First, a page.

Ford Ranger XLT V6 review

we are fans of the new model

Spoiler alert: we like new ford rangerThe last model was definitely a dual cab flock choice and this is no surprise as the new model has been carefully honed by Australian engineers. So, it’s a punchy one. This is good news, as Ford fans may have to live with it for quite some time.

Dual cabs have a longer life cycle than most cars, with a new version only coming out every decade or so, so new metals in this class are particularly exciting.

but it’s not cheap

Modern technology comes at a cost. The Ranger’s top-notch safety equipment, tablet touchscreens, digital dashes and improved engines cost money. Prices range from around $47,500 driveaway for the basic 4-cylinder XL model to over $92,000. twin turbo petrol raptor.

You need a spreadsheet to see the myriad models and options in our showroom. The model we tested here is the mid-tier Ranger XLT, which starts at around $67,000, with an optional V6 turbo diesel engine for $3,000 on-road costs, a Touring Pack that includes a bird’s-eye camera for $900, and protection for $400. can be added. Bedliner made of plastic. That’s a lot of money for the ute, and unless you upgrade to a more expensive model, you won’t get fancy features like a 12-inch touchscreen or leather seats.

Lots of smart features

The Ranger justifies the premium with advanced features such as forward and rear emergency braking, blind spot and rear cross traffic alerts. The odd interior door handles and a particularly unintuitive and unwieldy gear selector are less convincing.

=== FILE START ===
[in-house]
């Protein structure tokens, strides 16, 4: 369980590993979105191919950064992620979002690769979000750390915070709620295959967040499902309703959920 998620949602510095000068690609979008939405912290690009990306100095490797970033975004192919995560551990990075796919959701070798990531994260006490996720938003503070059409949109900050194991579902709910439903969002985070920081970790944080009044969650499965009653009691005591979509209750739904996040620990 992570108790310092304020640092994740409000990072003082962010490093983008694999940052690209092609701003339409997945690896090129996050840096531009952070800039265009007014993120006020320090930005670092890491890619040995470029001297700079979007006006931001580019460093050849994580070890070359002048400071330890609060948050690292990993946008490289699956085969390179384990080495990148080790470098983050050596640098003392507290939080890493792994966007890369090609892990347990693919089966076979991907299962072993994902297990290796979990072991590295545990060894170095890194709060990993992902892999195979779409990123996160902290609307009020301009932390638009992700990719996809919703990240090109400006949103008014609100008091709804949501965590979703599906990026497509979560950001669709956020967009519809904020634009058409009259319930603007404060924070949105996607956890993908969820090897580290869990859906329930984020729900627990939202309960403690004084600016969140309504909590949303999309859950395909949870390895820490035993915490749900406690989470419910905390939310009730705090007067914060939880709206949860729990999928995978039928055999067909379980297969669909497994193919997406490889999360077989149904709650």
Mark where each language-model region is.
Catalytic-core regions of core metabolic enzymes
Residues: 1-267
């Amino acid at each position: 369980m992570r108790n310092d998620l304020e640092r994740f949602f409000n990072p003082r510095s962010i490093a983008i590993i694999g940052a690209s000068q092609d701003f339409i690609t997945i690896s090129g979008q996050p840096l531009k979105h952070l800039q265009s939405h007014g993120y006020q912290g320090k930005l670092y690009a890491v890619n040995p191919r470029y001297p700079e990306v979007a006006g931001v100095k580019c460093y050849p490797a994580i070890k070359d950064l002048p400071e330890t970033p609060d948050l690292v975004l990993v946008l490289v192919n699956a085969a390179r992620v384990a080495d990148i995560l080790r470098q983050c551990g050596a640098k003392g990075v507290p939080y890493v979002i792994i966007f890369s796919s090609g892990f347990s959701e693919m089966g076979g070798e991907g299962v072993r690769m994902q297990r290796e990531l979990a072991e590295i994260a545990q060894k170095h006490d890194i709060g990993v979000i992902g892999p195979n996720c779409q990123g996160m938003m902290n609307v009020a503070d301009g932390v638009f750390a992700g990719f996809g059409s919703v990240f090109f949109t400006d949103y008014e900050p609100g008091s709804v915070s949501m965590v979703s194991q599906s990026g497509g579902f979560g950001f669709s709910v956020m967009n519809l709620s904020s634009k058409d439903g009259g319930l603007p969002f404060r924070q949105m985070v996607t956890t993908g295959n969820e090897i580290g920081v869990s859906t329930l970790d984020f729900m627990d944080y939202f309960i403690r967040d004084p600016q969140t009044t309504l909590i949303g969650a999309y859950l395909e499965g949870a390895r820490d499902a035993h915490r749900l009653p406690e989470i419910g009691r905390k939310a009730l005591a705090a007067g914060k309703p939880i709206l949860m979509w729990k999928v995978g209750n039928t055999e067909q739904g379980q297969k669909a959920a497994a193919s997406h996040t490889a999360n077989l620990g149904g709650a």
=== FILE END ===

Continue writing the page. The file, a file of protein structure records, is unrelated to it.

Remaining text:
There are some really neat touches like molded side steps in the body behind the rear wheels, a molded ruler in the tailgate and a nifty groove for French fries in the center console.

V6 option is worth paying for

If you’re spending over $60 on your Ranger, spend an extra $3000 to add the V6 option. The 3.0 liter unit’s 184 kW/600 Nm output is far more powerful than the 2.0 liter Bi-Turbo 4’s 154 kW and 500 Nm, making everyday driving a breeze and delivering an impressive punch when you need it.

You also get full-time adaptive four-wheel drive, as opposed to the four-cylinder model, which drives the rear wheels until you manually activate four-wheel drive on slippery surfaces. Our V6 is sure-footed on tar and dirt and offers excellent stability in a variety of conditions.

You may have to wait for a while

Ford’s official line regarding range-topping V6 Wildtrak models is that new orders “may take about eight months to arrive.” Fortunately, Blue Oval also says that “other models like the Ranger XLT have much lower latency.” Forget the Wildtrak’s leather trim, it seems. Sitting on the XLT’s cloth seat will reduce the delay.

first published as Why The New Ford Ranger XLT Is A Winner

Ford Ranger XLT V6 review

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